JACKSONVILLE, Fla. – A man who faked his death to collect millions of dollars in insurance money was sentenced Wednesday afternoon to 14 years in prison, with five additional years of supervised release.
Jose Lantigua, 63, the former owner of the Circle K furniture stores in Jacksonville, faked his death in South America in 2013 so that his wife could collect over $5 million, according to investigators. He pleaded guilty last year to bank fraud and commit to wire and mail fraud.
According to court documents, Lantigua's business was $11 million in debt when he started lying to creditors and his wife, telling her a drug cartel was out to get him and their lives were in danger. He then traveled to Venezuela and faked his death. His wife held a funeral for him, then filed to collect on his life insurance policies.
"For some reason, I felt my wife, children and friends expected me to be something special. I was doing what I thought met that expectation," Lantigua said at the sentencing hearing "I failed in my faith and I failed to trust God. I can't go back and change the past."
Lantigua could have been sentenced to 50 years in prison. His wife, Daphne Simpson, pleaded guilty last August to conspiracy to commit mail and wire fraud. The government was also seeking $2.6 million in restitution from the couple. The judge said she'll figure out the amount over the next 90 days.
U.S. District Judge Timothy Corrigan said the sentencing guidelines are insufficient because the details of this case are so unique.
“In terms of pure evil or willingness to involve and dupe your wife and others close to you, it really ranks as among the more serious fraud cases I’ve seen," Corrigan said.
Simpson, who helped Lantigua live under a new identity, spoke briefly Wednesday at his federal sentencing hearing, but Lantigua told the court it was all his fault.
"it's because of me that (my wife) is here today," he told Corrigan.
Corrigan said he considered Simpson a victim as well, even though she spent a lot of the money. The judge called her the face of the fraud because she had to take care of things after Lantigua faked his death.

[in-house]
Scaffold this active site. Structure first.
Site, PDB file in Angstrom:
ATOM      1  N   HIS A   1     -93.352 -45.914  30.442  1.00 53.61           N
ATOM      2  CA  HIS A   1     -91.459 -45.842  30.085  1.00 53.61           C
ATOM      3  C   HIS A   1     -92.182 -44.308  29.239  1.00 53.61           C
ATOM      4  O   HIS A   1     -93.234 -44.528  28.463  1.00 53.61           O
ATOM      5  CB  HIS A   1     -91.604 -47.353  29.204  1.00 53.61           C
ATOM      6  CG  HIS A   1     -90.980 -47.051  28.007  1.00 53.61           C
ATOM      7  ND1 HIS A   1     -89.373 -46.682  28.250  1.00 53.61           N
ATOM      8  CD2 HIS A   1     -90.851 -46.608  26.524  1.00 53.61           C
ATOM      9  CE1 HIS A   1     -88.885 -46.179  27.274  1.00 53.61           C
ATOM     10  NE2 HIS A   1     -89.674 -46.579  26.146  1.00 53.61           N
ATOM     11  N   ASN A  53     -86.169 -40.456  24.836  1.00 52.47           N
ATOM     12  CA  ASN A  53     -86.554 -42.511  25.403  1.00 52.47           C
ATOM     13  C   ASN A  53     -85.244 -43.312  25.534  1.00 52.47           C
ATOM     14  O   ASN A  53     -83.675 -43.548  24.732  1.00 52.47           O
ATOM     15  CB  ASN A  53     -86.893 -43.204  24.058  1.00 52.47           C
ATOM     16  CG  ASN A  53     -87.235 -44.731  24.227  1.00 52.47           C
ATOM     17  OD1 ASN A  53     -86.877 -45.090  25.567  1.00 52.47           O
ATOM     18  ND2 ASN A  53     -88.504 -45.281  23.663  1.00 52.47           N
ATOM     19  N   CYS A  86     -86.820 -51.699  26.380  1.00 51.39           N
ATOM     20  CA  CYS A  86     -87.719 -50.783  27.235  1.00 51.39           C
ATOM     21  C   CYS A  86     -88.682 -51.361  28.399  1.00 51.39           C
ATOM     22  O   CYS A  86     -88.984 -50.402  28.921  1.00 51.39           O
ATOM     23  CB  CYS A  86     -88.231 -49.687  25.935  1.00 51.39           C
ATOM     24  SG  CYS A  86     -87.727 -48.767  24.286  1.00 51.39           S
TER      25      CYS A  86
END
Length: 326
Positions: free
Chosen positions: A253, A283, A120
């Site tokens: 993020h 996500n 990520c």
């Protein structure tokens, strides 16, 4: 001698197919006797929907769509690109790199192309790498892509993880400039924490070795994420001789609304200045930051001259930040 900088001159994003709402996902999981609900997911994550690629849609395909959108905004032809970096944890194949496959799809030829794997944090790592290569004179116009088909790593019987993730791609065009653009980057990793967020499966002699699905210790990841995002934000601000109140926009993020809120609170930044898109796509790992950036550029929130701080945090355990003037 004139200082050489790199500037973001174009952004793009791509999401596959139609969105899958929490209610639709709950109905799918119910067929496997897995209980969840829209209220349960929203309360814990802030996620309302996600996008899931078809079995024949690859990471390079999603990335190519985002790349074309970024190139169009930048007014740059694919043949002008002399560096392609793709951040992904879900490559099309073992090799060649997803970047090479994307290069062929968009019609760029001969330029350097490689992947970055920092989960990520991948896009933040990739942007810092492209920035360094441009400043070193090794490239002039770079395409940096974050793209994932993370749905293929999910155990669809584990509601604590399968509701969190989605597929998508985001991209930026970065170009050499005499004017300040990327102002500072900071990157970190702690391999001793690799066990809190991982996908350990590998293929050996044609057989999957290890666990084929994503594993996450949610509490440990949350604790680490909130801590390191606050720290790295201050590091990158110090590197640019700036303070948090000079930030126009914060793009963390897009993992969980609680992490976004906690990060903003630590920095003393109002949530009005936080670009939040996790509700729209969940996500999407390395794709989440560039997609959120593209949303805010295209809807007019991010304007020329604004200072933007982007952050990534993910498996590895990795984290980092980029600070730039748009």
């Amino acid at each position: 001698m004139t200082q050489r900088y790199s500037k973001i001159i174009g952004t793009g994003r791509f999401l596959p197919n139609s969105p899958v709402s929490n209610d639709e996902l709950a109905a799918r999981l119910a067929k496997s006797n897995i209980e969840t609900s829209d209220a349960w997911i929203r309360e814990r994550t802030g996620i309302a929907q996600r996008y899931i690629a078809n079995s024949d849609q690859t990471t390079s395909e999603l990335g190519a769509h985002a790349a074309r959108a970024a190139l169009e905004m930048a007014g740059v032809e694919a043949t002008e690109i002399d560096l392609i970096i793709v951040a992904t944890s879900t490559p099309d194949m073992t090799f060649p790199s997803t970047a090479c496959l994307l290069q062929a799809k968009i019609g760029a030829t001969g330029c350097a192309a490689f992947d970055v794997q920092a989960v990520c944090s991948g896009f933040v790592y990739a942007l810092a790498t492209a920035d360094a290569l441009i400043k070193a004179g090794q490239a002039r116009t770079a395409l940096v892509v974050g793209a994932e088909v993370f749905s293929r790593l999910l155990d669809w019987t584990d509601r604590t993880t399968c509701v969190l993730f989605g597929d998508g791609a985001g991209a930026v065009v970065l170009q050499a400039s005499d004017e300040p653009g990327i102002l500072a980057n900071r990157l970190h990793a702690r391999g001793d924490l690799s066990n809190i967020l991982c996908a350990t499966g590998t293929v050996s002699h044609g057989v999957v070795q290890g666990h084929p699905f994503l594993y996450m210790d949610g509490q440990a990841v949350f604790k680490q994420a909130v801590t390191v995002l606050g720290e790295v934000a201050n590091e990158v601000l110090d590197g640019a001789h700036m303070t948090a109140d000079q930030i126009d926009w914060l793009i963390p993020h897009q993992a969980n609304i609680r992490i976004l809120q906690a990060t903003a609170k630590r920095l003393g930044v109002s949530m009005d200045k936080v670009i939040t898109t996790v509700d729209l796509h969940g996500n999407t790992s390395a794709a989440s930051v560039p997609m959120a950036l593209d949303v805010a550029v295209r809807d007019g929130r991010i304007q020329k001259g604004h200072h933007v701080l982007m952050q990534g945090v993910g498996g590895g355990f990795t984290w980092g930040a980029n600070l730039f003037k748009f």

Simpson was sentenced to five years of supervised release. She must also pay $100 per month in restitution.
One of people who loaned Lantigua money spoke during the sentencing hearing.
"The money that was stolen from me by Jose and Daphne sucked the life out of me," the person told the court.
Lantigua's lawyer, Donna Elm, last week filed a memorandum with the judge in which Lantigua thew himself on the mercy of the court and asked for leniency. The document began with a Bible quote about the importance of a good name, followed by, “Mr. Lantigua did not have his good name filched from him: He threw it away.”
The lawyer went on to say, “His decisions caused him to lose the respect of his family, friends and faith community … his financial security … and caused a painful estrangement from his wife and children. He has lost nearly everything in his life, except his faith in God and his hope for a future where he can atone for hurt he has caused," Elm wrote.
Lantigua's life before his faked death
The lawyer recounted Lantigua’s life, starting with his childhood in Cuba, his stint in the U.S. Army and his first marriage, which produced two children, now both adults.
Lantigua’s mother died in 2004. His wife died suddenly in 2006. He suffered a heart attack in 2010. He met Simpson in 2011, and they soon married. He bought the Circle K Furniture store, but the money problems started soon after he opened a second store near the Avenues Mall.
"Despite his best efforts, though, the Circle K business was not successful," Elm wrote. "Lantigua then made a series of bad decisions that put him deeper in debt ($11 million, according to court documents) to the point where he faked his own death to cash in on millions of dollars in life insurance policies. He felt trapped with no way out …. and embarked on a path of self-destructive behavior.”
Elm said he maintained the “façade” of a successful businessman so he could give his family the life he felt they deserved.
The letter with the judge includes photos of Lantigua in happier times, including one as a boy, and several character reference letters.
Elm concluded by asking the judge for leniency.
“There is considerable evidence that even relatively short sentences can have a strong deterrent effect on 'white collar' offenders," Elm wrote. "The lawyer points out Lantigua’s age (63) and the fact that he had no prior arrests as mitigating circumstances."